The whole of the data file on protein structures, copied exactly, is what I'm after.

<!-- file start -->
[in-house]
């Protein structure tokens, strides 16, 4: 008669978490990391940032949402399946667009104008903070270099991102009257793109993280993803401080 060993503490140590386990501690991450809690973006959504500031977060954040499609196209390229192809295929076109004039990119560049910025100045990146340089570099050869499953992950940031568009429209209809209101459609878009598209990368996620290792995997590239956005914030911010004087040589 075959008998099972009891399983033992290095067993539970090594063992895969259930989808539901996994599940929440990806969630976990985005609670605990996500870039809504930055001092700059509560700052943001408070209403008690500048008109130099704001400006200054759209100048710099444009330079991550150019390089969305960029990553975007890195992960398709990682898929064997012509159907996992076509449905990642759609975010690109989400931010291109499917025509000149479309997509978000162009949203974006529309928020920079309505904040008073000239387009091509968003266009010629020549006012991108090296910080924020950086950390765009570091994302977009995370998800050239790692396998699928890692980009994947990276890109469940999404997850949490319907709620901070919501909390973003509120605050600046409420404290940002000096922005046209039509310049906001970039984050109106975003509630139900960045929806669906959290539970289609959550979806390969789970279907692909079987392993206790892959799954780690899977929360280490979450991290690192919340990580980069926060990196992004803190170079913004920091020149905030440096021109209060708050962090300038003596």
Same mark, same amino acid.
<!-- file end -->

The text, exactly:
[in-house]
């Protein structure tokens, strides 16, 4: 008669978490990391940032949402399946667009104008903070270099991102009257793109993280993803401080 060993503490140590386990501690991450809690973006959504500031977060954040499609196209390229192809295929076109004039990119560049910025100045990146340089570099050869499953992950940031568009429209209809209101459609878009598209990368996620290792995997590239956005914030911010004087040589 075959008998099972009891399983033992290095067993539970090594063992895969259930989808539901996994599940929440990806969630976990985005609670605990996500870039809504930055001092700059509560700052943001408070209403008690500048008109130099704001400006200054759209100048710099444009330079991550150019390089969305960029990553975007890195992960398709990682898929064997012509159907996992076509449905990642759609975010690109989400931010291109499917025509000149479309997509978000162009949203974006529309928020920079309505904040008073000239387009091509968003266009010629020549006012991108090296910080924020950086950390765009570091994302977009995370998800050239790692396998699928890692980009994947990276890109469940999404997850949490319907709620901070919501909390973003509120605050600046409420404290940002000096922005046209039509310049906001970039984050109106975003509630139900960045929806669906959290539970289609959550979806390969789970279907692909079987392993206790892959799954780690899977929360280490979450991290690192919340990580980069926060990196992004803190170079913004920091020149905030440096021109209060708050962090300038003596």
Same mark, same amino acid.